# How sqrt() of GCC works after compiled? Which method of root is used? Newton-Raphson?

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Just curiosity about the standard `sqrt()` from math.h on GCC works. I coded my own `sqrt()` using Newton-Raphson to do it!

yeah, I know fsqrt. But how the CPU does it? I can't debug hardware

Typical div/sqrt hardware in modern CPUs uses a power of 2 radix to calculate multiple result bits at once. e.g. http://www.imm.dtu.dk/~alna/pubs/ARITH20.pdf presents details of a design for a Radix-16 div/sqrt ALU, and compares it against the design in Penryn. (They claim lower latency and less power.) I looked at the pictures; looks like the general idea is to do something and feed a result back through a multiplier and adder iteratively, basically like long division. And I think similar to how you'd do bit-at-a-time division in software.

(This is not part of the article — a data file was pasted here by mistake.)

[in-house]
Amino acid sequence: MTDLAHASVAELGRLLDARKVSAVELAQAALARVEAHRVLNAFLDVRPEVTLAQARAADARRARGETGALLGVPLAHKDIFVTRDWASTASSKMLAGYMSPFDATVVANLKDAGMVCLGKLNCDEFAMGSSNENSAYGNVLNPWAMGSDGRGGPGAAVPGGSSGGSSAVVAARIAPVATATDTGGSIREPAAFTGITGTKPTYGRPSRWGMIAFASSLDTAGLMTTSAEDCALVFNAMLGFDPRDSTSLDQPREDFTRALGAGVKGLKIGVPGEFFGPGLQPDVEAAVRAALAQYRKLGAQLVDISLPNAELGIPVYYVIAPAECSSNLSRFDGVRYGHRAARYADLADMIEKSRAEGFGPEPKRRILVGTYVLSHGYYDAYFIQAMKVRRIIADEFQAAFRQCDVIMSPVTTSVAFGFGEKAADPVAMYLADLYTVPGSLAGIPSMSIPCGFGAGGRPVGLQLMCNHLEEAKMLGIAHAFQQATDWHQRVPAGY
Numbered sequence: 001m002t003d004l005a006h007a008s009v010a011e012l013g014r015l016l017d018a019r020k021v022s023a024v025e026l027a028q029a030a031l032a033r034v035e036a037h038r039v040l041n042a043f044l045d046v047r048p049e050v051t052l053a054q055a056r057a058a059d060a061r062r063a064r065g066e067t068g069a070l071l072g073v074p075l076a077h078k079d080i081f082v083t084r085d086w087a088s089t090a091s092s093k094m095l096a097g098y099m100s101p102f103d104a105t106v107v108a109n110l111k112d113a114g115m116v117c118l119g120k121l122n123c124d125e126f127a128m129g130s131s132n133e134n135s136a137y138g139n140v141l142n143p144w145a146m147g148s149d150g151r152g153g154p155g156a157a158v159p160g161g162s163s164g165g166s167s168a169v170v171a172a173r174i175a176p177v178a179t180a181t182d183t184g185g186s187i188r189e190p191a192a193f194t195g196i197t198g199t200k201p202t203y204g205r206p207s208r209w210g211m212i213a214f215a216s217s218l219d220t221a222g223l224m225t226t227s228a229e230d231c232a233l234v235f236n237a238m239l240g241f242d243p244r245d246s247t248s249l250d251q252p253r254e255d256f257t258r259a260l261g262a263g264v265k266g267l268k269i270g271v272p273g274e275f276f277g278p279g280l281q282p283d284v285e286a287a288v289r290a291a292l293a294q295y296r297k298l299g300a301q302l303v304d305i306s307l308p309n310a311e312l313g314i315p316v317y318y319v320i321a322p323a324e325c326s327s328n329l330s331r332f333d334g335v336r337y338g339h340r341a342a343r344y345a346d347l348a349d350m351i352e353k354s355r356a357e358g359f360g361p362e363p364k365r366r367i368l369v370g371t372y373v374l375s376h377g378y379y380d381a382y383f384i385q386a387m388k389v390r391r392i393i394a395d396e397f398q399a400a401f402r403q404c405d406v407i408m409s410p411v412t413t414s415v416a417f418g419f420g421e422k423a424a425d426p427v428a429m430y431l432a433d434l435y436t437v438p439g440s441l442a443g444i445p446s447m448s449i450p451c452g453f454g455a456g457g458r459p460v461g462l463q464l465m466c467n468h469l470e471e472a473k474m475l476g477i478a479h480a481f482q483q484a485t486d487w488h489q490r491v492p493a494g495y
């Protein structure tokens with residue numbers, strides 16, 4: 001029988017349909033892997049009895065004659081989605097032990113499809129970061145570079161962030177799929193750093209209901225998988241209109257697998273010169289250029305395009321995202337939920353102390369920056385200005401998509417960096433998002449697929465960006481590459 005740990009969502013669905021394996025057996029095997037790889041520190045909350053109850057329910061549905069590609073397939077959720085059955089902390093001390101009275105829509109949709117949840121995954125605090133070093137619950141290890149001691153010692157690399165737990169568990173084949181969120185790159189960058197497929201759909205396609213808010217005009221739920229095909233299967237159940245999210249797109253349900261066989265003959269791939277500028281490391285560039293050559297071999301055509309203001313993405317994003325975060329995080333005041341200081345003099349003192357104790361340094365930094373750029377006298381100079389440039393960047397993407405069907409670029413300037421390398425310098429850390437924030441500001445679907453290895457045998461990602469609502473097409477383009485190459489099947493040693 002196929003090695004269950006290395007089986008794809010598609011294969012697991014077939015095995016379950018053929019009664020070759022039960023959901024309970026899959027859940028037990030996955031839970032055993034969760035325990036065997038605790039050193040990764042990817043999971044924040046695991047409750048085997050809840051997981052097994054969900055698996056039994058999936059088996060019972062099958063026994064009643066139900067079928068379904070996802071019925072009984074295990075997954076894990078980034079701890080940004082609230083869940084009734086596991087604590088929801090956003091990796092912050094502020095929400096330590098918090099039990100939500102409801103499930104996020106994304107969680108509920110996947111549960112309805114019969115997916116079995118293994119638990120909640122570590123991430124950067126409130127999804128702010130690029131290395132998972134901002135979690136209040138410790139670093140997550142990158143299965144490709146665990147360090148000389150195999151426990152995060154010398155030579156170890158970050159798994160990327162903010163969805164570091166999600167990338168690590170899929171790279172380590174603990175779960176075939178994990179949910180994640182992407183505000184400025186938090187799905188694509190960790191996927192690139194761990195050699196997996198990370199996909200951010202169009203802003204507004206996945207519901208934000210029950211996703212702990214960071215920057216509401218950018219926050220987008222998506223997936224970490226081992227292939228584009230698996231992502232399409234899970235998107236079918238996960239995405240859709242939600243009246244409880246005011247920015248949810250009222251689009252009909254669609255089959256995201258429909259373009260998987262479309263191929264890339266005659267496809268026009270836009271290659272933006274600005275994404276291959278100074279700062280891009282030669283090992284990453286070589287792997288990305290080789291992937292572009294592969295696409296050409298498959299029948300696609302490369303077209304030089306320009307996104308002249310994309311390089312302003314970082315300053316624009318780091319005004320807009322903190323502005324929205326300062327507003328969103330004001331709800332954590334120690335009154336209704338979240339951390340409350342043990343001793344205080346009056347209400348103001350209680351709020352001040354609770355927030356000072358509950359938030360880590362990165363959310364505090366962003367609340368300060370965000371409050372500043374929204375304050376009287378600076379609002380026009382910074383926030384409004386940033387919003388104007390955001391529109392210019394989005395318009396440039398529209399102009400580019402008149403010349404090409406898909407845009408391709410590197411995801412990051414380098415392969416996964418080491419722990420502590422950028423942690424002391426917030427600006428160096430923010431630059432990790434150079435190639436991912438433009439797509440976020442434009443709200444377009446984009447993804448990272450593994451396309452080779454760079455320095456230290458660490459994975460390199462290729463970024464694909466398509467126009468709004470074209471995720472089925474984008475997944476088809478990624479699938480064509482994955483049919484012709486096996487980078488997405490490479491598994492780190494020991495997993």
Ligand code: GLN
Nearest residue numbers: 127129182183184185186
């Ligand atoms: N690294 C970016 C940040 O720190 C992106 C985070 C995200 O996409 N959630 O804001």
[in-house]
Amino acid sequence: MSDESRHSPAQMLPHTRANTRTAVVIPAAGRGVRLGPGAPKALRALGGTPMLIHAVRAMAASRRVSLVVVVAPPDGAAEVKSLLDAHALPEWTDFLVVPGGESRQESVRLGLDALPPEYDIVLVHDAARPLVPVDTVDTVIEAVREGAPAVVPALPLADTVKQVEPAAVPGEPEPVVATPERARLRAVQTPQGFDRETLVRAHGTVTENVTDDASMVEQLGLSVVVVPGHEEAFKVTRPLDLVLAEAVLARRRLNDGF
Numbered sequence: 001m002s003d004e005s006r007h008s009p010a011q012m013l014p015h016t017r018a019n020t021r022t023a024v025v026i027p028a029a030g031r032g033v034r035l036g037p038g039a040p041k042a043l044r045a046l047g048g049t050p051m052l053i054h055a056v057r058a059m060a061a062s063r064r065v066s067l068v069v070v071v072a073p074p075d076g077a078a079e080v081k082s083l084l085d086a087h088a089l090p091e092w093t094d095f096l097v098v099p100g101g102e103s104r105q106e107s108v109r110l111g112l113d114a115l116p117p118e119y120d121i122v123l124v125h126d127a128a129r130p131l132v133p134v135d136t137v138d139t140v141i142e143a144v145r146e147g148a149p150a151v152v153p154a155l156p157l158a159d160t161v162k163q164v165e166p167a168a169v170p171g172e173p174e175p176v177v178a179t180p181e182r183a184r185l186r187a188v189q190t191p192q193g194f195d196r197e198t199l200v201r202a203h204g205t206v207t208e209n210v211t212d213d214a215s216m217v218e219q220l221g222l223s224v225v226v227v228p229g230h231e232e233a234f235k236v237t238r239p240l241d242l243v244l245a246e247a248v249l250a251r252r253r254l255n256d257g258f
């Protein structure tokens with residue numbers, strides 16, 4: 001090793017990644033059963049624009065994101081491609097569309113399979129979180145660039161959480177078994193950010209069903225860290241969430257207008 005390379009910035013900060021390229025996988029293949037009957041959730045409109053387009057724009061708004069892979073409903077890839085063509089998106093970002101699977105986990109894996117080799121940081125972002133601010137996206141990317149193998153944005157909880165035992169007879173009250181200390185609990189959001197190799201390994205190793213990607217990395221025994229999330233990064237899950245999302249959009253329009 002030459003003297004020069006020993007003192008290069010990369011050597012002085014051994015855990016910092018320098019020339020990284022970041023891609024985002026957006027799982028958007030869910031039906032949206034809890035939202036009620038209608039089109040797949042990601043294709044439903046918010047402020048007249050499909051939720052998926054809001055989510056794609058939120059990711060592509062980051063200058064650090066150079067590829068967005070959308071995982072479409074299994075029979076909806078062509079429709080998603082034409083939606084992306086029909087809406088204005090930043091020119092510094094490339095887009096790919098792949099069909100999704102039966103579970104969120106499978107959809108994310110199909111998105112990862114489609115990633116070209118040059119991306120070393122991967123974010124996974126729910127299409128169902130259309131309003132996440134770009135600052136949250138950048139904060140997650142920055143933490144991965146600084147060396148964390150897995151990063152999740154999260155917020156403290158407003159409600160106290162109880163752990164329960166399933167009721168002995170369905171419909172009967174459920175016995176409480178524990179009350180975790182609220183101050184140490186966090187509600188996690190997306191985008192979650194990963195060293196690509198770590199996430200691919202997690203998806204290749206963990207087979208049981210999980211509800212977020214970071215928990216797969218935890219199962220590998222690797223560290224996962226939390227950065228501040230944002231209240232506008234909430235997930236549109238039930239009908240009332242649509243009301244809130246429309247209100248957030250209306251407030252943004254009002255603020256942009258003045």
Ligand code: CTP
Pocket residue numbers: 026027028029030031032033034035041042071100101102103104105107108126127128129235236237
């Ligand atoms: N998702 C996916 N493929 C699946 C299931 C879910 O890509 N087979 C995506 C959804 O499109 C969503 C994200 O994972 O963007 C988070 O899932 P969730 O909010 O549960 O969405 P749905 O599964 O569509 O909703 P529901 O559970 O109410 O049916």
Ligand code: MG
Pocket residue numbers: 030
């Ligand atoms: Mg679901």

But however the hardware works, IEEE requires `sqrt` (and mul/div/add/sub) to give a correctly rounded result, i.e. error <= 0.5 ulp, so you don't need to know how it works, just the performance. These operations are special, other functions like `log` and `sin` do not have this requirement, and real library implementations usually aren't that accurate. (And x87 `fsin` is definitely not that accurate for inputs near Pi/2 where catastrophic cancellation in range-reduction leads to potentially huge relative errors.)
See https://agner.org/optimize/ for x86 instruction tables including throughput and latency for scalar and SIMD `sqrtsd` / `sqrtss` and their wider versions. I collected up the results in Floating point division vs floating point multiplication
Unlike most instructions, `sqrt` performance is typically data-dependent. (Usually more significant bits or larger magnitude of the result takes longer).